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All animals you get from 7th Heaven will be neutered if they are old enough. If the animal you get from us is too young to be neutered, 7th Heaven will cover the cost of this when it is ready for the operation. However, we are very much opposed to early neutering.


Like a lot of theories in the animal welfare world, the concept of early canine neutering as being beneficial to the animal has been set in stone and remained unchallenged. Any questioning of this officially agreed position is considered heretical and will instantly be met by a barrage of abuse. Unfortunately, the neutering issue, as with so many animal health topics, is not as straightforward as many self-appointed animal gurus would have you believe.


Firstly, the consensus of opinion on the benefits of neutering stems not from the health concerns regarding the individual animal but from the overall concern with over-population. This, of course, is a legitimate concern, but it is based as much on inconvenience to humans, as it is with dog control. Humans are happy to neuter their dogs before they go into heat or become mature because it makes life easy. They can throw caution to the wind and let their neutered animals wander about free without any chance of unwanted pups or any of the unwanted behaviour that accompanies their female dog going into heat or their male dog reaching sexual maturity. Unless one has a female and male dog in the same house, it would be quite possible, if all dog owners were responsible, to avoid unwanted pregnancies without neutering.




In Norway up until 2010, it was illegal to neuter or spay a dog except for health reasons. Now it is permitted if mandated by the local council but it is still rare. Yet, Norway has virtually no problem with stray dogs. In Sweden only 7% of dogs are neutered and they have a very low level of strays. In the United States, however, at least 90% of dogs are spayed or neutered and they have a massive problem with unwanted dogs. So, our failings as responsible dog owners, is partly the reason why neutering has become so important. 


Secondly, the supposed health benefits are not as obvious as proponents of early neutering suggest. Certainly, early neutering will prevent pyometra and testicular cancer and will help to prevent mammary cancer. It was once thought it would prevent prostrate cancer but other studies have shown no benefit in this area. On the other side, however, a number of studies have clearly shown that early neutering increases the risk of other cancers.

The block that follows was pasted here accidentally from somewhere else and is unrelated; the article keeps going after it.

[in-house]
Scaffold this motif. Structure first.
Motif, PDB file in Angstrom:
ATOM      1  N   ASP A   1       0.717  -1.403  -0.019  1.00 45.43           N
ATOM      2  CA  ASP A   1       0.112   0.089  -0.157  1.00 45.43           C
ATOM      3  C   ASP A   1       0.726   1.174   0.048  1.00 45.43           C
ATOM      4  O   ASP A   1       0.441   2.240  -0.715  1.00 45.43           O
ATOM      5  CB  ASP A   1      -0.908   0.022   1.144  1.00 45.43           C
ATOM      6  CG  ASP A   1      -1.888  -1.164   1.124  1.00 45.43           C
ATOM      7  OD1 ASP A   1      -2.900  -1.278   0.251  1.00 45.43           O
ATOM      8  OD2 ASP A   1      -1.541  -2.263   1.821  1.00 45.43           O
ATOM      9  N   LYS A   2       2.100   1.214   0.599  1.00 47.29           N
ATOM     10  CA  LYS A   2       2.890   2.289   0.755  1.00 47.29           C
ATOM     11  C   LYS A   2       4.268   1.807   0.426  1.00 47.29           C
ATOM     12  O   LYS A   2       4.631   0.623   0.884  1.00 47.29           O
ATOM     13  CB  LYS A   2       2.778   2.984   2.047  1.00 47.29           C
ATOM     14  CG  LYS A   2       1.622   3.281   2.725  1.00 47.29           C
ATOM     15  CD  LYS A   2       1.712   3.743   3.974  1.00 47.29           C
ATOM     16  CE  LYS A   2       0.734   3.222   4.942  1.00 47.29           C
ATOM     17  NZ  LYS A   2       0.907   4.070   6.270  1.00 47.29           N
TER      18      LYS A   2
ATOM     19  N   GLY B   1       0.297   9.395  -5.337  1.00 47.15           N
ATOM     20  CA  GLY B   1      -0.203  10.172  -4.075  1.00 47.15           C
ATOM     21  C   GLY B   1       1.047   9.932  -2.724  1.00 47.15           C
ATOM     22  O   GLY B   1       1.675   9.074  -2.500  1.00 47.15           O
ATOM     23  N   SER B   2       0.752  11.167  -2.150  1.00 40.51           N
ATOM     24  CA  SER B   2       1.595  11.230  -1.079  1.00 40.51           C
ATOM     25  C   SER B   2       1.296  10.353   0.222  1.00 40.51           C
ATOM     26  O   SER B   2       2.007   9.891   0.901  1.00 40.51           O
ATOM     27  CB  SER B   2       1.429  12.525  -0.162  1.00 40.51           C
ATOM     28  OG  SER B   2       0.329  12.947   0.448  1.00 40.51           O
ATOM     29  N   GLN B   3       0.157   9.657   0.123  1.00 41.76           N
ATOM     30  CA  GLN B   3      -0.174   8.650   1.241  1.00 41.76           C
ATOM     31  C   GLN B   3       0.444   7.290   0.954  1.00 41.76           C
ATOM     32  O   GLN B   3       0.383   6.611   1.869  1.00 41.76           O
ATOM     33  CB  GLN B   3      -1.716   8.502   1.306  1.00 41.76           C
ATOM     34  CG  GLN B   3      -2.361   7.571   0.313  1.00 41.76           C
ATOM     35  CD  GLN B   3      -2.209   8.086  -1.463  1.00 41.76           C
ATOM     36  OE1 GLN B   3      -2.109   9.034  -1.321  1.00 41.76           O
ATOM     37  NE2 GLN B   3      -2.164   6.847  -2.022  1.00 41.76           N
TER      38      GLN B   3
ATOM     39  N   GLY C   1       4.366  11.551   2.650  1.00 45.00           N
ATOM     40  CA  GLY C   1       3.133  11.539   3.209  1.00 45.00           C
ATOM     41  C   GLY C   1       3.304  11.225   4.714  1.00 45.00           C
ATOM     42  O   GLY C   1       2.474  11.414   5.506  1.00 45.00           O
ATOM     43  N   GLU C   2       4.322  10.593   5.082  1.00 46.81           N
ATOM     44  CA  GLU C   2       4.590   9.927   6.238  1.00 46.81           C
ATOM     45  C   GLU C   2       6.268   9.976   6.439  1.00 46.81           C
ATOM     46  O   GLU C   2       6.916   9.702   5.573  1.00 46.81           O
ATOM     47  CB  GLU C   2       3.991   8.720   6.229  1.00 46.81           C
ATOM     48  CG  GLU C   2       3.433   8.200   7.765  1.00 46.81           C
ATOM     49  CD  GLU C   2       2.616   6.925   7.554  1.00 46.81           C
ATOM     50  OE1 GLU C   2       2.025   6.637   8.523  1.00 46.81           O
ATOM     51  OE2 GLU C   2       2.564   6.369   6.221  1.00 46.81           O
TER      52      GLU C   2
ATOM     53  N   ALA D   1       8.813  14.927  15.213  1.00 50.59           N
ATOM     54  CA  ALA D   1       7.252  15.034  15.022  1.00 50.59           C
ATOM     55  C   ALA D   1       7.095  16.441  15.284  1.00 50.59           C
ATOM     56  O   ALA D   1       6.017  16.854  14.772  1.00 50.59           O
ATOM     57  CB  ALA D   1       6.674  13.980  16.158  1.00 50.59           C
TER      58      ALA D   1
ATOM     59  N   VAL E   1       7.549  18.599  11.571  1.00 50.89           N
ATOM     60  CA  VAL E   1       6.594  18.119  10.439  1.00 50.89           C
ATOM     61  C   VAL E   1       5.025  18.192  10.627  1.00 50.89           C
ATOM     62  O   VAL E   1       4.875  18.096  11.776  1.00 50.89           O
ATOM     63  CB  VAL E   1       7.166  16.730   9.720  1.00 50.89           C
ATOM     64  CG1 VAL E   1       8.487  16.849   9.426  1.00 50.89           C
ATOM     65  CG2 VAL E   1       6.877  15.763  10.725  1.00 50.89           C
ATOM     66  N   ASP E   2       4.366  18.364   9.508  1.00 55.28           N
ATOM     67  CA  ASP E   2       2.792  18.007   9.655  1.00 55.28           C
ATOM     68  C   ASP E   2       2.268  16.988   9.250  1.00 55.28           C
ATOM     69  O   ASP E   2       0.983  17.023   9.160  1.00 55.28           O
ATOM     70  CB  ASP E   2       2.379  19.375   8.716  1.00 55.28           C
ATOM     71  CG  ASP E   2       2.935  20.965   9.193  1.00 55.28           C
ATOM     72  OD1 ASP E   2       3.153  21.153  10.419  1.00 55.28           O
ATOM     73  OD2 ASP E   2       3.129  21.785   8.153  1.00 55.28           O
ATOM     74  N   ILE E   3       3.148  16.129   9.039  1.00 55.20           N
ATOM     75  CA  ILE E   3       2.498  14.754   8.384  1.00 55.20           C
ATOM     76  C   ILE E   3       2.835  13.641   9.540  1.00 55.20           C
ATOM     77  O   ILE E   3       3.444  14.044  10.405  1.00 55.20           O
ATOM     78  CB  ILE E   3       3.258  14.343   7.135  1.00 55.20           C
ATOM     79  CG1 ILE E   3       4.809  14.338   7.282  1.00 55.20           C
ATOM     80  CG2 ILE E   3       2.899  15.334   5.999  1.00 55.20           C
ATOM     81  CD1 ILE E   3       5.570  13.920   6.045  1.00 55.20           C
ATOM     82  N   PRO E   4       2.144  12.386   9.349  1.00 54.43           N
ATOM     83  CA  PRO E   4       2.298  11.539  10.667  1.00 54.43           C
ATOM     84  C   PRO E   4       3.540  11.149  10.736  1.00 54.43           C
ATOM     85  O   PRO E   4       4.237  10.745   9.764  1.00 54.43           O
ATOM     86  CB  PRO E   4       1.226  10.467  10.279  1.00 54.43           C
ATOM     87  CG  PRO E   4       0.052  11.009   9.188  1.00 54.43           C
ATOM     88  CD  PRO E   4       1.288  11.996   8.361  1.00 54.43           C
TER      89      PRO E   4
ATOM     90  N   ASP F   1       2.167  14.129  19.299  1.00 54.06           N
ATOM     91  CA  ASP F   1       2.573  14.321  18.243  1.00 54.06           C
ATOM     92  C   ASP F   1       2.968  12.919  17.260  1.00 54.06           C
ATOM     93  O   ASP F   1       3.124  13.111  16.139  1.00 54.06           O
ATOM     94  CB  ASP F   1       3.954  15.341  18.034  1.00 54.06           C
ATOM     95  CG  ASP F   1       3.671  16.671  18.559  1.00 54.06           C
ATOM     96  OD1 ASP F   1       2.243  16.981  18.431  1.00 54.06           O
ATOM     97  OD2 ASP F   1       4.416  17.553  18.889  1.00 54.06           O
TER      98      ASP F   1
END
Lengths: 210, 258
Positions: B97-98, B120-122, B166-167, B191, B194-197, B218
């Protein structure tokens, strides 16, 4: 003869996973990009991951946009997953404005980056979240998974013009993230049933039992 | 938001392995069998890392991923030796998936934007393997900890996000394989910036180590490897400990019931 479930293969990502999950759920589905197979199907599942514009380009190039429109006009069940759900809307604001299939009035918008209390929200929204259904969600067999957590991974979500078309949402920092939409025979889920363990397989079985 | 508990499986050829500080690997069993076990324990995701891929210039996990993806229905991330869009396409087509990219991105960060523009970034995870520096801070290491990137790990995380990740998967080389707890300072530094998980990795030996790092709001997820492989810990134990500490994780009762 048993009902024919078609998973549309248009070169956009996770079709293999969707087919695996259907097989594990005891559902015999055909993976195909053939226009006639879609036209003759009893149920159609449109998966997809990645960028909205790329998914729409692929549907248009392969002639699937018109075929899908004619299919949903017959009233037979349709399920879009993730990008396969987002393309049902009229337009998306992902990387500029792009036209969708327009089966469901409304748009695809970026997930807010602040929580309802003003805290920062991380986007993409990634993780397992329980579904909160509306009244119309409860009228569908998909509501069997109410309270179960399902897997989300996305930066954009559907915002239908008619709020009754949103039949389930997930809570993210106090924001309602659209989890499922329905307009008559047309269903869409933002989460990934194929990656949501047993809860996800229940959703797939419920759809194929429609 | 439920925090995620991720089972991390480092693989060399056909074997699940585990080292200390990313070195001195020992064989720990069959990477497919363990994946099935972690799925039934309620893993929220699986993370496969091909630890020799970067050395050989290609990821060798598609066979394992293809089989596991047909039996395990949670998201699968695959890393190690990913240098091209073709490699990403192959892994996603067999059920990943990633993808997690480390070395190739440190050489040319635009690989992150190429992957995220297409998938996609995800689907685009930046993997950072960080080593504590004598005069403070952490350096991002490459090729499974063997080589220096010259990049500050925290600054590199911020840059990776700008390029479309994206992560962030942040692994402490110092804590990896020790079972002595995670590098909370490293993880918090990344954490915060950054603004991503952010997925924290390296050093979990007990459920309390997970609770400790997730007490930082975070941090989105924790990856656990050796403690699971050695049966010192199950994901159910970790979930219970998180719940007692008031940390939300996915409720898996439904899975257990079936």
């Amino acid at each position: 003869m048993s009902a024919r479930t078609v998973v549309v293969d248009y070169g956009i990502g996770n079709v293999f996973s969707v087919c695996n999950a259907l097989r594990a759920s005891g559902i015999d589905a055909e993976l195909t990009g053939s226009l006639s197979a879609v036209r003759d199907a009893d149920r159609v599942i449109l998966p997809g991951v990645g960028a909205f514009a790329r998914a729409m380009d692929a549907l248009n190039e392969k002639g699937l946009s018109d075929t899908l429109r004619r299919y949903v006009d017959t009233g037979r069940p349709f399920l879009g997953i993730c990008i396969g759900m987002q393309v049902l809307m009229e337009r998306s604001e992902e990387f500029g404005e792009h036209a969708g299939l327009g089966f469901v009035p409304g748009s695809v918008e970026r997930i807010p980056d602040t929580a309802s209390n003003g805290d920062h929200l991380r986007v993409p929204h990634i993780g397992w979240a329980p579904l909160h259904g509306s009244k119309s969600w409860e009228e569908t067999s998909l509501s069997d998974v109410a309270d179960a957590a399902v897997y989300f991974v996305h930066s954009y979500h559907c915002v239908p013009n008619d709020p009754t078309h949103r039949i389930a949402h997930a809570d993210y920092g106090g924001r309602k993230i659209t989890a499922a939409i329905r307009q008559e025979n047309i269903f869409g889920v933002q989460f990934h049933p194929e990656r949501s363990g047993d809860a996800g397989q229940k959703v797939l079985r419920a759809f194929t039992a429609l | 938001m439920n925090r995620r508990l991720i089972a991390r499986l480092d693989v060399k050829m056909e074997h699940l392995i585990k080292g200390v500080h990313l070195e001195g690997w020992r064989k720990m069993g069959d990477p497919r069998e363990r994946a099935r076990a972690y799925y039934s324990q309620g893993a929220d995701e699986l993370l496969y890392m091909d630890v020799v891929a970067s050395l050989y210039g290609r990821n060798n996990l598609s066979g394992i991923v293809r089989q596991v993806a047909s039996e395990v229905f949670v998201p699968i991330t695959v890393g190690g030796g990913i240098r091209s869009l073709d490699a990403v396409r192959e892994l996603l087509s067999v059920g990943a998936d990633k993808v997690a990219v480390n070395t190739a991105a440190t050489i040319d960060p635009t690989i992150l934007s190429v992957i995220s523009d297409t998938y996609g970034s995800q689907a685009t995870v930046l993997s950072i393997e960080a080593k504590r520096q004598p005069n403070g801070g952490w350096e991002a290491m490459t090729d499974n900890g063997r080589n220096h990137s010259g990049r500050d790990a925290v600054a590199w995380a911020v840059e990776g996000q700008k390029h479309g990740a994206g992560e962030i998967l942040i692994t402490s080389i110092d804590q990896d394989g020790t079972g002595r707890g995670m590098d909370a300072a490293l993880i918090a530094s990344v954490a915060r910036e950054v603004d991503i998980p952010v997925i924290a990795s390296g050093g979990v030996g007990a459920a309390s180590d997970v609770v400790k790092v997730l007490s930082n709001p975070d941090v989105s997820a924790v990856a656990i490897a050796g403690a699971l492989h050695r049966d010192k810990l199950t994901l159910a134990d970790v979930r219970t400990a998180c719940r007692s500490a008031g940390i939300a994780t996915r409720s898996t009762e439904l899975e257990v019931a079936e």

Over a thirteen year period, statistics from the Veterinary Medical Directorate showed that spayed females were four times more likely to develop cardiac tumours than intact females. Other studies have shown an increased risk of bone cancer in male and female dogs neutered below 12 months.


In addition to this there is now mounting evidence that neutering dogs before they reach maturity can affect bone growth. This is because oestrogen helps promote proper bone growth and the closure of the epiphyseal growth plates. As the oestrogen- producing organs are removed by neutering, the growth plates do not close properly leading to abnormally long growth of the leg bones. This in turns leads to damage of the anterior cruciate ligament in the knee due to the increased stress.


Another serious condition caused by early neutering is hip dysplasia where the hip joints do not develop normally. This can lead to lameness and arthritis. Other problems linked to early neutering are urinary incontinence in female dogs, increased risk of hypothyroidism and increases susceptibility to suffering adverse reactions to vaccinations. In addition, behavioural problems such as increased aggression in female dogs and timidity have been linked to early neutering.

The studies highlighting these problems have all been done on dogs but there could well be similar issues with cats. Certainly, the tendency for charities to neuter ferals earlier and earlier, sometimes as early as 8 weeks, has no scientific basis. It is simply to avoid the inconvenience of going back to trap them later. Considering the potential risks of anesthesia on adult animals, how much more dangerous is it when used on kittens so young? 


We would advise you not to neuter your cat until it is approximately 6 months old. Obviously, if you have a female cat that goes outdoors and it goes into heat before you get it neutered, you will have to keep her inside until it is neutered or it will definitely get pregnant.


In the end, the choice of when to neuter your animal is yours. It is up to you to take responsibility for their health but to do that, you need to be aware of all the issues involved and not just one side of the debate.


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